There are as many good reasons to consider purchasing an antique engagement ring as there are reasons for deciding when to pop the question. While modern day jewelers struggle to offer customers something unique and contemporary, the bride-to-be may be more inclined to appreciate the style and inherent charm of an antique. Another perfectly acceptable reason for purchasing antique engagement rings is they often offer buyers a better quality diamond at a lower price than purchasing a new ring.
Before beginning your search for the perfect wedding ring, it is best to ask yourself a few questions.
Do you know about the four C's?
The four C's are the criteria professionals use to determine the value of a diamond.
"Clarity takes into account the number, character, and visibility of flaws within the stone. These are often referred to as inclusions. The fewer inclusions, the better the quality of the stone."
Carat is the size or weight of the diamond. The larger the stone, the higher the cost. An advantage to buying antique engagement rings is that in the 1930s and 1940s jewelers often compensated for a smaller sized diamond by setting it in an intricately designed white gold, square-shaped box. These made the stone appear larger.
"Color is a matter of taste. Modern-day standards put a higher value on a clear diamonds, as a rule. In the past, buyers wanted their diamonds to reflect a rainbow of colors, soft pinks, yellow, or green tints. While colored diamonds are still available today, they were considered more valuable in the past. It is also important to note that many of the modern colored diamonds are artificially altered to enhance the color."
Cut is also a matter of taste and another reason antique engagement rings may be the best answer. Over the years, the preference of cut has changed. Additionally, a laser now cuts most diamonds; whereas older stones were normally cut by hand, giving them a more customized, romantic look.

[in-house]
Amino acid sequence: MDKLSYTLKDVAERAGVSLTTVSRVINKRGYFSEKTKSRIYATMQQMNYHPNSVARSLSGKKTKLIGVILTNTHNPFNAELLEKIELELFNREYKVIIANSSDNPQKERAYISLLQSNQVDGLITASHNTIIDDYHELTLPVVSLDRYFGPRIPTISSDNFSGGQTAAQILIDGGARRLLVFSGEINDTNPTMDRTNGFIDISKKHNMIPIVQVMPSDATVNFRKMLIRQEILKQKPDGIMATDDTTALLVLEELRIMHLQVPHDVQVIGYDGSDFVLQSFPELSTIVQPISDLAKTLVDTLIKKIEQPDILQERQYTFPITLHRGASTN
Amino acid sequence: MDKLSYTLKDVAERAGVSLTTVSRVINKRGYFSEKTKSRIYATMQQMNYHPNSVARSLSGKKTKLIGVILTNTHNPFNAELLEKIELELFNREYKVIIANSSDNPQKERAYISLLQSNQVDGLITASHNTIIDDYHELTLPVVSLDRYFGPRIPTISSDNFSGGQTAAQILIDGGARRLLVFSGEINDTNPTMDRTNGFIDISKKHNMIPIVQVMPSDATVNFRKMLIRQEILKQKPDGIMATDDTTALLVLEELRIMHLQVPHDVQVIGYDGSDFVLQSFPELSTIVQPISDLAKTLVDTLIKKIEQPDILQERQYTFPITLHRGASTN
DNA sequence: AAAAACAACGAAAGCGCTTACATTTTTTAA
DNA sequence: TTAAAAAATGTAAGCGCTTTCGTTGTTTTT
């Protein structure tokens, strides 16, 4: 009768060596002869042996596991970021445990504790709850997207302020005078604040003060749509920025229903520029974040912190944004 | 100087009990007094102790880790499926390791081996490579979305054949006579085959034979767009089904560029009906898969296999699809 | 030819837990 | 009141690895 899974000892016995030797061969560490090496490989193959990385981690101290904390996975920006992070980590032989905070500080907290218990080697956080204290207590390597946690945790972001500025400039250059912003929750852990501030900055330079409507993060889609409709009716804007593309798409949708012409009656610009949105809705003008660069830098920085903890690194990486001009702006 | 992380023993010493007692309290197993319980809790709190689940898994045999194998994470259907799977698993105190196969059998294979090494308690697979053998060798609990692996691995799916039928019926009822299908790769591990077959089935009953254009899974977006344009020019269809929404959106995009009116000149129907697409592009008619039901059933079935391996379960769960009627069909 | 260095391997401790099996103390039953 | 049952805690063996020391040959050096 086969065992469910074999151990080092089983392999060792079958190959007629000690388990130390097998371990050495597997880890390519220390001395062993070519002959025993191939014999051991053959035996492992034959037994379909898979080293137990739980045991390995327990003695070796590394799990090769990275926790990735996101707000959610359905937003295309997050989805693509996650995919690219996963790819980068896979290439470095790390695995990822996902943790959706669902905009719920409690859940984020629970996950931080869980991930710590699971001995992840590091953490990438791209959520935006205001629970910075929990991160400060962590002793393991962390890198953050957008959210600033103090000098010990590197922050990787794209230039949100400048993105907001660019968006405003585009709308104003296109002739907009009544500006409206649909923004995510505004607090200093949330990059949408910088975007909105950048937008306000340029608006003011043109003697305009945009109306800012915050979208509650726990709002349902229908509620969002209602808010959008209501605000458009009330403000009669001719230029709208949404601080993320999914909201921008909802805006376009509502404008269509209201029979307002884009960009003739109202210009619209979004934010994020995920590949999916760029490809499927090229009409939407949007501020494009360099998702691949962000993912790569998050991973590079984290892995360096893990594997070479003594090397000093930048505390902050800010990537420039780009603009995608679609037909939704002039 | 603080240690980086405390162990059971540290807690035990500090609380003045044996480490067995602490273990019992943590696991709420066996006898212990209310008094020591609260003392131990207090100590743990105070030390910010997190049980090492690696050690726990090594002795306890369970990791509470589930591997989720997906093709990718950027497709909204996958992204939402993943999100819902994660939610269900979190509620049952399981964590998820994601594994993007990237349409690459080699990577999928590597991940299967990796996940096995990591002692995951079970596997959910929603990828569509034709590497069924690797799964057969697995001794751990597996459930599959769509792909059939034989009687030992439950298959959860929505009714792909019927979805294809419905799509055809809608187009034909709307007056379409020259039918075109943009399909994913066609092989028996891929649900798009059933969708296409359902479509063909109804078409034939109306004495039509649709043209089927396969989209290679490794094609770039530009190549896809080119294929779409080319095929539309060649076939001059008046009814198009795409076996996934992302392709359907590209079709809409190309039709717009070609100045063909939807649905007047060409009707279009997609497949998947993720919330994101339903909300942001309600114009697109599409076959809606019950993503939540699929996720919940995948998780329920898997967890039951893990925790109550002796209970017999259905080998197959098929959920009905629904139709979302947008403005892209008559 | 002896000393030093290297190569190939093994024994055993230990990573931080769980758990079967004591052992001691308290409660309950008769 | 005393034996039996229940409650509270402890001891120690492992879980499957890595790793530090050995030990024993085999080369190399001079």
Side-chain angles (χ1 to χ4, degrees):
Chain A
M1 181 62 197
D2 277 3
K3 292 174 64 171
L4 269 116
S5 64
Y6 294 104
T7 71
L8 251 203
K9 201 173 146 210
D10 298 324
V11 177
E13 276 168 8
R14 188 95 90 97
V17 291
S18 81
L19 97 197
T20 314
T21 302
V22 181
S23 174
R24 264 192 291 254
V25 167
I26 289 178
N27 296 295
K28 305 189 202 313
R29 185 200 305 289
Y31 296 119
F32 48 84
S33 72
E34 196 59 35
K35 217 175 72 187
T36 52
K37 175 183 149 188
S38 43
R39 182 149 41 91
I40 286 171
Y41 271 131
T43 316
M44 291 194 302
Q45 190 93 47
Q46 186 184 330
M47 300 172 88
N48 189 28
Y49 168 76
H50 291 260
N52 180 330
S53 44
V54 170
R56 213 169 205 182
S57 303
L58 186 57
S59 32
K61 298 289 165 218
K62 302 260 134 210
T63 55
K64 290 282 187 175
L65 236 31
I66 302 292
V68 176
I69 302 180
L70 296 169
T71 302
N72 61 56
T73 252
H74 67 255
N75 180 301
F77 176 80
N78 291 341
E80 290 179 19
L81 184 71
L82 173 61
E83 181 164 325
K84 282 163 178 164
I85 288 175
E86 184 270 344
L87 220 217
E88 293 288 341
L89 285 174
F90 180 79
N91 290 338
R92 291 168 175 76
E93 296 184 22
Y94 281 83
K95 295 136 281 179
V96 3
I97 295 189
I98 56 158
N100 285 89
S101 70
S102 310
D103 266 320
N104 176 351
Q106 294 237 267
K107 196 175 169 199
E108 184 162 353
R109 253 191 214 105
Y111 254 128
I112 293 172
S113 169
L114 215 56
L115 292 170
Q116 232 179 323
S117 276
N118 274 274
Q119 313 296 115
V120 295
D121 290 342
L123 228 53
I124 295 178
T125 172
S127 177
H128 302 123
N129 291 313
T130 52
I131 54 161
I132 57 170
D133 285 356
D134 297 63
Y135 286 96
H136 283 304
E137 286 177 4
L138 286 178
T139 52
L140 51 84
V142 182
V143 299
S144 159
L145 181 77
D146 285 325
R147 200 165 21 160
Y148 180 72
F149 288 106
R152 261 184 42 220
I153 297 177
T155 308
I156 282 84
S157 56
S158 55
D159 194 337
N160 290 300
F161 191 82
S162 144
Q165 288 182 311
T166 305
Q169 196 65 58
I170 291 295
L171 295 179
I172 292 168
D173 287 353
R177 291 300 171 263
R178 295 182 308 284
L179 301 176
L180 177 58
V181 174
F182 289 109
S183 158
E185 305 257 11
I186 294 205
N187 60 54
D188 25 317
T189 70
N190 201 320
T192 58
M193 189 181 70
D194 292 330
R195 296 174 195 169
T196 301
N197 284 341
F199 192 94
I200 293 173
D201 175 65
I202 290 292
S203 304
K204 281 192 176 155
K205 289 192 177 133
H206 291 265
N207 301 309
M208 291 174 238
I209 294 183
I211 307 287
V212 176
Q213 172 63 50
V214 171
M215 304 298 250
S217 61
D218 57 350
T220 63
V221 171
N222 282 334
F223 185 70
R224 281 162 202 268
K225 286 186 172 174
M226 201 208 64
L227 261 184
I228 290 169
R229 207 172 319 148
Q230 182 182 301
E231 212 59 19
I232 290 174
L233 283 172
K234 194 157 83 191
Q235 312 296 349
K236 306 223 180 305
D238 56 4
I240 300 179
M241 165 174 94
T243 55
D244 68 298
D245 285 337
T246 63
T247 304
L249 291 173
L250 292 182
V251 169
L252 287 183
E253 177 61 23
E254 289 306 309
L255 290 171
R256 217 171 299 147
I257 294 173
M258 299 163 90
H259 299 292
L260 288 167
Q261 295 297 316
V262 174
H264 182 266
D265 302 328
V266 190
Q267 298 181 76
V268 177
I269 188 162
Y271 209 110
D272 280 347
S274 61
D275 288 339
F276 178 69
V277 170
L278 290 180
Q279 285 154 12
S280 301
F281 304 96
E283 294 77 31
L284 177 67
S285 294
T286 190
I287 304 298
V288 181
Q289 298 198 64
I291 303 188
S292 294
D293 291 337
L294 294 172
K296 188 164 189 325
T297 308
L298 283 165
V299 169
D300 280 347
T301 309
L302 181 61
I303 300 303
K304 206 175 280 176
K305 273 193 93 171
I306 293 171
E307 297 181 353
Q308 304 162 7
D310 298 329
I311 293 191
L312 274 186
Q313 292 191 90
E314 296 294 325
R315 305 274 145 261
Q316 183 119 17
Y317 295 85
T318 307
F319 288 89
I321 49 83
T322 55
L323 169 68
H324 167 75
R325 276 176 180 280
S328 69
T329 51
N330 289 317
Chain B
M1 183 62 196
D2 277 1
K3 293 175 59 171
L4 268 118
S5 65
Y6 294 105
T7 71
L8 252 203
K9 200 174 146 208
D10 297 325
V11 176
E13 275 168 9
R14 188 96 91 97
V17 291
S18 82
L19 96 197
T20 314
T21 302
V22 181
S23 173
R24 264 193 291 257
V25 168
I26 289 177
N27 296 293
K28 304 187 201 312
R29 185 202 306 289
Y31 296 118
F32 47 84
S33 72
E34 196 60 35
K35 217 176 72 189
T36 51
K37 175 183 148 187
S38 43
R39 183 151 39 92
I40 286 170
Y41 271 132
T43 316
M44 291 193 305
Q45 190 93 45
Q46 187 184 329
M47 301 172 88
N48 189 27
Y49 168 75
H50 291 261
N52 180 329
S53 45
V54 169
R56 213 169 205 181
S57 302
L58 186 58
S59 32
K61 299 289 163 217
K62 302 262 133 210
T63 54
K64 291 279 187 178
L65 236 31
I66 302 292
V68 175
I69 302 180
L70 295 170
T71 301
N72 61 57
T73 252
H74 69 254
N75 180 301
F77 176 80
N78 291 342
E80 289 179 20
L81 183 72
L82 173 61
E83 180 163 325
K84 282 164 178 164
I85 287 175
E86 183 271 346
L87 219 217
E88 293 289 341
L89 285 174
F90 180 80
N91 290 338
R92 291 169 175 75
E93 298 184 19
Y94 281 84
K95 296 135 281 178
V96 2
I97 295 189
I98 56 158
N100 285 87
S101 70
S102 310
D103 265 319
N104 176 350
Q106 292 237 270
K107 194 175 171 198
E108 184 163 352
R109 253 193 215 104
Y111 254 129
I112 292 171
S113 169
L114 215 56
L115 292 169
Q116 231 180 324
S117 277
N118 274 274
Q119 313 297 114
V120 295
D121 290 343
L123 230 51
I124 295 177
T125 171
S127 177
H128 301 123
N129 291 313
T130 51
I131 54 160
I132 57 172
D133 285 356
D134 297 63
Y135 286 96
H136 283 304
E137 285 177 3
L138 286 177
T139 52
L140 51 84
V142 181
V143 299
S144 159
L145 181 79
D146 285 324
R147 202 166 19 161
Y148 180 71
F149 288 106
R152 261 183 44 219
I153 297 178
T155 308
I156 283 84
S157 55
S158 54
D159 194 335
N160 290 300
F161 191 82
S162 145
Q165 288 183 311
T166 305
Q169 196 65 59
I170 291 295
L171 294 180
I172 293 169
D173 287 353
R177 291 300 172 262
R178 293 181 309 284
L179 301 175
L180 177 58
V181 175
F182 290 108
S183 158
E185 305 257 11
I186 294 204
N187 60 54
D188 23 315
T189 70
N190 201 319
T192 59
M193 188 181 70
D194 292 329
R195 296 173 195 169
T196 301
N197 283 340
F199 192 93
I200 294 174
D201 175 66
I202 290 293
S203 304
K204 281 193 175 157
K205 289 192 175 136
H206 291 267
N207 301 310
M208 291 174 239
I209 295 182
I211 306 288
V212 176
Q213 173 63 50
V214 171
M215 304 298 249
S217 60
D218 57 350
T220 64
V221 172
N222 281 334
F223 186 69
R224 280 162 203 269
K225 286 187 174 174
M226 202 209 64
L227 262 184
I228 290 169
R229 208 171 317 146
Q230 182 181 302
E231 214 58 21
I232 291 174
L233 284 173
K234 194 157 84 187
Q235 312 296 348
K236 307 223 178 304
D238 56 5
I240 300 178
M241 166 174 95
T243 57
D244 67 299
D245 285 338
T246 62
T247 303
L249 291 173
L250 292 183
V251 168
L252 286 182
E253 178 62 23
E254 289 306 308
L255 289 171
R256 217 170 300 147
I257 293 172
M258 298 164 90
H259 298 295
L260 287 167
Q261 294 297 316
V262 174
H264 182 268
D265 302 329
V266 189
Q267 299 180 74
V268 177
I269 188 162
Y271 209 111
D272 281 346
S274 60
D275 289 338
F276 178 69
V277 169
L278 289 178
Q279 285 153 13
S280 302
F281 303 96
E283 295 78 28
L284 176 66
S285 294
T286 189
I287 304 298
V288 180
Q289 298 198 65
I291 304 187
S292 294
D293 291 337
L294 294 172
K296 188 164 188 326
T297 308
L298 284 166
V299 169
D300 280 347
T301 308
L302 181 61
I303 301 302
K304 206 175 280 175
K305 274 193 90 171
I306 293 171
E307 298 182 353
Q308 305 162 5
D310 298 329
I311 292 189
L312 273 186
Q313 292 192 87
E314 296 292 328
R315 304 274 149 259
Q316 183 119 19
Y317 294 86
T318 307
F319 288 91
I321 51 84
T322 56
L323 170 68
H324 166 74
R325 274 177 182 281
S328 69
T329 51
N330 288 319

What is the difference between an antique ring and an estate ring?
Antique rings normally refer to rings that are over 50 years old. Rings less than 50 years old and purchased used are considered as estate rings.
What are the styles of different eras?
Victorian Era (1835-1900) - Victorian era antique engagement rings featured diamonds or pearls set in yellow or rose gold. The ring styles varied from simple elegance to intricate detail. Many settings featured rows of diamonds that were cut with an extra facet in the bottom of the stone. This was known as a mine cut.
Edwardian Era (1900-1920) - With the invention of the oxyacetylene torch, platinum became the preferred metal for the period. The wedding bands were often crafted with lacy and pierced shapes, milgraining, filigree detail, and scrollwork. Rose-cut diamonds and sapphires were the preferred stones.
Art Deco Era (1920-1930) - Art Deco antique engagement rings feature a streamlined geometric look. They also reflect Egyptian, Asian, and Native American cultures. These rings were often made of platinum featured colorful, contrasting gemstones as well as diamonds.
Where can antique engagement rings be purchased?
Antique engagement rings can be purchased in a number of places: antique stores, estate sales, pawn shops, auctions, and there select vendors online and larger cities who specialize in the purchase and resale of antique jewelry. No matter where you purchase your engagement rings, remember to get a full description of your purchase in writing and look to vendors who offer a written returns policy. You may also ask if the jewelry comes with a certified gemologists report, which provides optimal proof that the jewelry is as described.
When purchasing an engagement ring, it is important to consider all your options, including antique engagement rings.